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WALKER, Minn. - Chris Anderson is only half-joking when he offers a solution for the hungry cormorants that are eating the fish in Leech Lake - and taking money out of his pocket. "Kill them all," he says of the voracious, predatory birds.

At Anderson's Cove, Anderson's resort on the western edge of the lake, just three of 11 cabins were rented for this month's walleye opener, after six years of strong opening weekends. Over the next month alone, Anderson figures he'll lose $40,000 or more through mid-June because of cabins standing empty.   more...

 



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Cormorants: The heart of the problem

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CormorantDouble-crested cormorants don't get much respect these days. While I don't expect to generate much sympathy for the cormorant, I do wonder about the recent level of disdain and disgust often associated with the mere mention of this fish-eating bird's name.

Cormorants never were all that popular. While people might speak highly of a great blue heron or pelican or common loon — all birds that also eat fish — cormorants seldom receive that same kind of admiration.    more...

 



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Cormorants take a legal hit

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Aerial surveys at the Les Cheneaux Islands in northern Lake Huron last summer found less foraging pressure by cormorants, the black, goose-sized diving birds that each eat a pound of fish a day.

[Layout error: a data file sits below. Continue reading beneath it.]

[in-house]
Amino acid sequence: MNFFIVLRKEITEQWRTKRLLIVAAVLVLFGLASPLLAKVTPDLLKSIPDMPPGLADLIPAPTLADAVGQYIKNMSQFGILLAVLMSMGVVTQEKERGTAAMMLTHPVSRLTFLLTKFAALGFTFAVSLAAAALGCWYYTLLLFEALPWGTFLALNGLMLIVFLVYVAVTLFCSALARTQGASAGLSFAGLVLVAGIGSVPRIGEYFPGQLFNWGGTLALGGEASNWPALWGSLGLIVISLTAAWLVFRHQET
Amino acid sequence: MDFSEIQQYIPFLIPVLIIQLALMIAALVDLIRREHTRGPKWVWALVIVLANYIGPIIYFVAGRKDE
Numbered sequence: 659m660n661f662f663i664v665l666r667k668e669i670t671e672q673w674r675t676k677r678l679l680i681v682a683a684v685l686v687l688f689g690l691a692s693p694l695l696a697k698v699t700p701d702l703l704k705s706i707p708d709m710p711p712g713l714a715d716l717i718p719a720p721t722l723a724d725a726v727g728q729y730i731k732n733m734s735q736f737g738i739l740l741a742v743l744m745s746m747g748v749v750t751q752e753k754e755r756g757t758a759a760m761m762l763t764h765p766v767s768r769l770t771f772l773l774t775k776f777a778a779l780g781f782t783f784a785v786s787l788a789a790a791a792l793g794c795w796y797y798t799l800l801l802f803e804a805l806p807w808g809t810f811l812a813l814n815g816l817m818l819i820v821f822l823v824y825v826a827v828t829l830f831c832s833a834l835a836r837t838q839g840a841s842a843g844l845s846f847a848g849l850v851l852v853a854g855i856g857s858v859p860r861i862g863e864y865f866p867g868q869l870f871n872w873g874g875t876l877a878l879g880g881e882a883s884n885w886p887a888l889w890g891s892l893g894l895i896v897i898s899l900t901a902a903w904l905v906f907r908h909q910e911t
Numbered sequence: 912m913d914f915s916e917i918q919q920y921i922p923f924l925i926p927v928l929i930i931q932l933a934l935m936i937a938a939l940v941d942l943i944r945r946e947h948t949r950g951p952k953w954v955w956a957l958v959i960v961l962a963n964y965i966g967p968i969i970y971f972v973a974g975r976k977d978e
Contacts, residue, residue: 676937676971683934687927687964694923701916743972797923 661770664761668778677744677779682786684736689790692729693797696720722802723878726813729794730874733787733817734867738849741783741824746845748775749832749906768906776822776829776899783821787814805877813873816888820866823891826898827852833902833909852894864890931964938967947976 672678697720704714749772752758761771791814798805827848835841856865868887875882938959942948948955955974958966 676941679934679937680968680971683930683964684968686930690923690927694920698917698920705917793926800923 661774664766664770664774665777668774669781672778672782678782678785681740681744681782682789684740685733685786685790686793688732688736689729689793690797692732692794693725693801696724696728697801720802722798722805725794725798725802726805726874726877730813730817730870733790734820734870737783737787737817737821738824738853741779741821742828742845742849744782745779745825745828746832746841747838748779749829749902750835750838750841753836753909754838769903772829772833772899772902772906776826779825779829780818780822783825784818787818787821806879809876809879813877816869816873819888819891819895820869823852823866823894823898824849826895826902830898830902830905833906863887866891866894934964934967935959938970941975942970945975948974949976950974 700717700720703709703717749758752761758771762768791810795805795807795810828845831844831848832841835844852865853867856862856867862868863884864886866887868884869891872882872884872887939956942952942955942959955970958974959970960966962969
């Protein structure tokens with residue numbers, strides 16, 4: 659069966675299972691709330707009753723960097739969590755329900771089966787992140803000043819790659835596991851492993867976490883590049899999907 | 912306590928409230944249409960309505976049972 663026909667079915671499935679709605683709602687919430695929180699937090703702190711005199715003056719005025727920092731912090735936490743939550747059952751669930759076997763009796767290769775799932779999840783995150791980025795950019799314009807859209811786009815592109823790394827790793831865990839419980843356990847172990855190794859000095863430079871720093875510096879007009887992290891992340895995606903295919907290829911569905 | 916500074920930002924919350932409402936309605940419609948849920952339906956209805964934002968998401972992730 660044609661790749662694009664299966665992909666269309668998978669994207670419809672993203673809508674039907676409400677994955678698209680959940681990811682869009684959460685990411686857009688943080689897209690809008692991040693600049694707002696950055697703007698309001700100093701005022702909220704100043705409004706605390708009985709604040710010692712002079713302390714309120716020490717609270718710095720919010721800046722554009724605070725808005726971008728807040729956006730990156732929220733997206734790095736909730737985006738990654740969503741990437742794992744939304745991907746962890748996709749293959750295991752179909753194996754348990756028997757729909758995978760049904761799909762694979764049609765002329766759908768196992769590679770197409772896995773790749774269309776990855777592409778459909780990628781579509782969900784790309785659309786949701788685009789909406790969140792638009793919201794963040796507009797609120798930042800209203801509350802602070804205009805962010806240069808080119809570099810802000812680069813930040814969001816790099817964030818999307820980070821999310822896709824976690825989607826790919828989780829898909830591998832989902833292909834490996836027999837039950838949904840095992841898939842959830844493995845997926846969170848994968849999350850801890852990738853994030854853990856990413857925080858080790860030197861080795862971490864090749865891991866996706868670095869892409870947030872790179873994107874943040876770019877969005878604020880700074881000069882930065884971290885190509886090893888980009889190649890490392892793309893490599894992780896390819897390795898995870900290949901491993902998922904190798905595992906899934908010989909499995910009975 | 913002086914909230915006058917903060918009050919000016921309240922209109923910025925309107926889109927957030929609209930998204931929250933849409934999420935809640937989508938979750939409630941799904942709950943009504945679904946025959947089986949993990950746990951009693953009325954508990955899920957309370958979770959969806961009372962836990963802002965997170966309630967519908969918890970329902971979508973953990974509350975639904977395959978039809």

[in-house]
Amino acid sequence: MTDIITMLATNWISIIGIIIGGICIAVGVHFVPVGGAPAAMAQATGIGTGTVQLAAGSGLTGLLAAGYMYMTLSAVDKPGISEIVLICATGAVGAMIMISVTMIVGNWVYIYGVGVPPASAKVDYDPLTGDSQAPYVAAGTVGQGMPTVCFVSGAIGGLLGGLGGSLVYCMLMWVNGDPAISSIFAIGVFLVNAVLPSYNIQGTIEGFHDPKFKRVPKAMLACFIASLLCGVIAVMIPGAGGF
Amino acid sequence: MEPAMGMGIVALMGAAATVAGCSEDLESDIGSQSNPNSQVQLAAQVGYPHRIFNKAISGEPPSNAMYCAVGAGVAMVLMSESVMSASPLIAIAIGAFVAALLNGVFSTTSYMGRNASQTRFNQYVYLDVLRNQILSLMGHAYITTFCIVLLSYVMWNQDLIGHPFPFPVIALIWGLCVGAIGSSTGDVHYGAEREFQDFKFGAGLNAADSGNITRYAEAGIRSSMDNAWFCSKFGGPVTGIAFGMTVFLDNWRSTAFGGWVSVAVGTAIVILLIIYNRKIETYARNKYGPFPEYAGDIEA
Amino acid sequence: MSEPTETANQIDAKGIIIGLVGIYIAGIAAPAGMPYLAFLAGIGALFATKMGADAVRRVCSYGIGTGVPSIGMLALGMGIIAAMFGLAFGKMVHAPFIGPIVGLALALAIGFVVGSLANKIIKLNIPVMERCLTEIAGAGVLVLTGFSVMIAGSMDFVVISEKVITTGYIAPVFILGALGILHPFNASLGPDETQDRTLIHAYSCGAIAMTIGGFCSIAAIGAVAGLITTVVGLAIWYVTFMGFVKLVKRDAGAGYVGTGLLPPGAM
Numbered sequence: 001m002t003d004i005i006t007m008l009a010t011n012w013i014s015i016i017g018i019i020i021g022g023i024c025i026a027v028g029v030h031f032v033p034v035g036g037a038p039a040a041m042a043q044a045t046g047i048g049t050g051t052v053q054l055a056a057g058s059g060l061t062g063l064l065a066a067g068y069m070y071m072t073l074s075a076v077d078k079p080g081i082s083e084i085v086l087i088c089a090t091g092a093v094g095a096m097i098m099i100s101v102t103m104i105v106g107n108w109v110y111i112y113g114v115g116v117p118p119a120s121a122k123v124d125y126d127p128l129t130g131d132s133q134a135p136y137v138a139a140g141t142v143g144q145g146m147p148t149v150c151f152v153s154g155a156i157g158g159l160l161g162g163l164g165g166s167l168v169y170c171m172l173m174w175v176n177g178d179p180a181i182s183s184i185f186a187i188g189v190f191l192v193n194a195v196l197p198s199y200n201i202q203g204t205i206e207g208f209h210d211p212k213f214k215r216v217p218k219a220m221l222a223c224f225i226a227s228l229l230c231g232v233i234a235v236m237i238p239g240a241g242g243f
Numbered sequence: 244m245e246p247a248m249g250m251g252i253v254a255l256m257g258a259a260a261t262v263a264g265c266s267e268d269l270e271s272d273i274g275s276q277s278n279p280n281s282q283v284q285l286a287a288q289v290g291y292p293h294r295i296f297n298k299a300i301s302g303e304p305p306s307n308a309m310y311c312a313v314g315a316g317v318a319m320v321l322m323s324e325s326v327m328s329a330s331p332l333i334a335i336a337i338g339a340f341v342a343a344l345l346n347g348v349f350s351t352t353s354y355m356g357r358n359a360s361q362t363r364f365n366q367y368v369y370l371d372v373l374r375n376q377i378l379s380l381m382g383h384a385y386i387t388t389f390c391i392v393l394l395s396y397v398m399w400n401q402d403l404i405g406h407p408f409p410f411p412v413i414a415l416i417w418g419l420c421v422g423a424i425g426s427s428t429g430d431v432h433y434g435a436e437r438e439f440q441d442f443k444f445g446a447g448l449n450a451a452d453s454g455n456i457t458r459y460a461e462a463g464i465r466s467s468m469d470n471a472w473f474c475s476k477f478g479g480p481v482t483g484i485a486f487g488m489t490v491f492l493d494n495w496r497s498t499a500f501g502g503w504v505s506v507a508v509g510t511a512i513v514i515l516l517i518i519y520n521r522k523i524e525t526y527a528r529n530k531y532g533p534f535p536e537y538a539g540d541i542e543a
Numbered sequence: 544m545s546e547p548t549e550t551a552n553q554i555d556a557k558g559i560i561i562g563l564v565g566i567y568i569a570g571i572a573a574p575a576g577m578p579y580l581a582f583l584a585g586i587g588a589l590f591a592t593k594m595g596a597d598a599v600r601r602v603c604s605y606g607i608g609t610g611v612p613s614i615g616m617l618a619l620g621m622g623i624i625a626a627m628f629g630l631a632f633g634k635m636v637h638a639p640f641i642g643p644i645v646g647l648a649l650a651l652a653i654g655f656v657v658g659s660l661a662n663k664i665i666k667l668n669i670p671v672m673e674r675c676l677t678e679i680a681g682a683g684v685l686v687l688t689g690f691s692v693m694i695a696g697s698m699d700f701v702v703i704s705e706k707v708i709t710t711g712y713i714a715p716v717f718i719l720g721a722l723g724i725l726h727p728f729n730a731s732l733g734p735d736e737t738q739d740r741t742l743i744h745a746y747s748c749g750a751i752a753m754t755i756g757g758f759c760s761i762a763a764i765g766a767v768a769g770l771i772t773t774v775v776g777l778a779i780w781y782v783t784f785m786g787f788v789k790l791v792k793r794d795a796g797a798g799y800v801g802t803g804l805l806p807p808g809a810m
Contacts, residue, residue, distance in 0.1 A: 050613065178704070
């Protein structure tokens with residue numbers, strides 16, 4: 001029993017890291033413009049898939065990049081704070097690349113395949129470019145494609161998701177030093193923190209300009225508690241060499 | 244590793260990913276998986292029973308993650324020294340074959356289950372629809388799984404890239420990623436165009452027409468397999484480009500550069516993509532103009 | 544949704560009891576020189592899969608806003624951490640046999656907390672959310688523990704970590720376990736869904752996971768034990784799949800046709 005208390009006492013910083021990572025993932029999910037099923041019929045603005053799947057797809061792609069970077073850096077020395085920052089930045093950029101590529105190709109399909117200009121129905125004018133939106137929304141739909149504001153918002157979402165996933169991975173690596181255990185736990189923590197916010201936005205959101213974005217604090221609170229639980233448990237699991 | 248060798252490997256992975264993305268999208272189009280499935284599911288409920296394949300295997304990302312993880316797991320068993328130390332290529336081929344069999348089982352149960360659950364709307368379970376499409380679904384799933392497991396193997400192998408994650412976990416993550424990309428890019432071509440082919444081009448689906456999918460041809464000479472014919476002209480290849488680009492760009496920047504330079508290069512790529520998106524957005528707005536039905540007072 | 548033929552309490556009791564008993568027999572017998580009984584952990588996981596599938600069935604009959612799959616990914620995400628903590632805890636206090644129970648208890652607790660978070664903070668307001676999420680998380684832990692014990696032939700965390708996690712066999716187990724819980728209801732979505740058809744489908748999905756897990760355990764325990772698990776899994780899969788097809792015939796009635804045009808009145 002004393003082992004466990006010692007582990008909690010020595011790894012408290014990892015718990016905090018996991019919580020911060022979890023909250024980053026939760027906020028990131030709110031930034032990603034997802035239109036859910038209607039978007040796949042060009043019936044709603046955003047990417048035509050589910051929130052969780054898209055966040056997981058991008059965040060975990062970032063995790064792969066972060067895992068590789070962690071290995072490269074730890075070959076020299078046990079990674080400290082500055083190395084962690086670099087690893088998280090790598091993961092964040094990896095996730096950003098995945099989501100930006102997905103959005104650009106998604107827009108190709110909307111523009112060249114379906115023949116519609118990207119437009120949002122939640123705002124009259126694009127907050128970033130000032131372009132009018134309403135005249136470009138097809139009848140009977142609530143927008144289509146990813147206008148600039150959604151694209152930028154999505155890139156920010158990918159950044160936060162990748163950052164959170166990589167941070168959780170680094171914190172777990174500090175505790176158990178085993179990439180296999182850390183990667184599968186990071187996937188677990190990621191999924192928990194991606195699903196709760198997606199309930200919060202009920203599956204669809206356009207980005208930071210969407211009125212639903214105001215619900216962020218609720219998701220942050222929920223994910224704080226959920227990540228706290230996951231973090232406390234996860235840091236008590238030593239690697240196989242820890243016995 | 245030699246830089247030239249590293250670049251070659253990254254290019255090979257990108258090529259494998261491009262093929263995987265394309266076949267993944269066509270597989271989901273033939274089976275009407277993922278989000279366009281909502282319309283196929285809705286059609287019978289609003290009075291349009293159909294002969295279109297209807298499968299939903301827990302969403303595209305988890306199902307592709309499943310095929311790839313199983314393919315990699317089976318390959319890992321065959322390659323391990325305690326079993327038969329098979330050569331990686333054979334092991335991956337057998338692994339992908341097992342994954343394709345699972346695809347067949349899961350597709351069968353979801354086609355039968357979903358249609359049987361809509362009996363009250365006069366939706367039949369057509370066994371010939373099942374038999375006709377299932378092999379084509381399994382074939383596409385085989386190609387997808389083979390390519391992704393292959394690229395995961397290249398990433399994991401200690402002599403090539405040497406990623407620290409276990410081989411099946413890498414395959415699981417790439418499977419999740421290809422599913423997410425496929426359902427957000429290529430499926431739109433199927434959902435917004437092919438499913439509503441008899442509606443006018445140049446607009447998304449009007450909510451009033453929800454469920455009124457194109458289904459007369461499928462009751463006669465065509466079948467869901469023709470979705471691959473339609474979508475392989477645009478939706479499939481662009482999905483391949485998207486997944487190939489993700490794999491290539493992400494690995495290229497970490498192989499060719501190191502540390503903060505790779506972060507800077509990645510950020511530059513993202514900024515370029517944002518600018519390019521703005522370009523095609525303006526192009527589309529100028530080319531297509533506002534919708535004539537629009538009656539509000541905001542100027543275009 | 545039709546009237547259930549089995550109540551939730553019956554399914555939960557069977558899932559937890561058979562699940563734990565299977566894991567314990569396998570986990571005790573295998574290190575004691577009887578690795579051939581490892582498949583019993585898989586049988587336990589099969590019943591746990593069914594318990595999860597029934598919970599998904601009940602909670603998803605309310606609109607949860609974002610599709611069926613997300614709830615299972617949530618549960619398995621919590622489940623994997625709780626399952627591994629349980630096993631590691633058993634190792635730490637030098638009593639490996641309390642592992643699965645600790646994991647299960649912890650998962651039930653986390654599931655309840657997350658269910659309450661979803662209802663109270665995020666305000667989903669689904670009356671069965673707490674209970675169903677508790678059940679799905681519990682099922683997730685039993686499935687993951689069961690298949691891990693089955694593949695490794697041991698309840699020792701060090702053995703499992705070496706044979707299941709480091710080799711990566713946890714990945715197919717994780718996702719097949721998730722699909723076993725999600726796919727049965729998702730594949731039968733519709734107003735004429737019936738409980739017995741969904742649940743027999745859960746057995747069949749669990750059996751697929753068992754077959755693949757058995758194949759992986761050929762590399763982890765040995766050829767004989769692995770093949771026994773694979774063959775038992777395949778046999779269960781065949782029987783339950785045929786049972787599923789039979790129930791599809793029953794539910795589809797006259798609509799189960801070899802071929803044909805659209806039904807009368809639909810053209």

The decrease followed an experiment by the U.S. Department of Agriculture and the state Department of Natural Resources to reduce cormorant numbers in selected areas. Some adult birds were killed, and thousands of eggs in nests were oiled to prevent them from hatching.   more...

 



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$500,000 fence planned to save our nesting turtles

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Spring is the cruelest season for turtles that live in the Muskegon River marsh.

Driven by the need to breed, scores of turtles migrate across the marsh in search of nesting sites that are high and dry. That journey often leads to the highest spot in the sprawling river delta, a 11/2-mile section of U.S. 31 built atop levees that bisect the marsh.

It doesn't take a rocket scientist to figure out what happens when turtles cross paths with vehicles traveling 70 mph or faster.

State officials said they believe that section of U.S. 31 is Michigan's deadliest stretch of road for turtles.   more...

 



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Michigan to cull UP's growing wolf population

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The state Department of Natural Resources announced plans Tuesday to trap and kill as many as 20 of the Upper Peninsula's burgeoning population of gray wolves this summer in an attempt to limit attacks on domestic livestock and pets.

DNR officials said their goal is to assure a healthy future for wolves in Michigan, which might otherwise be threatened by public backlash against wolves in backyards and farm fields.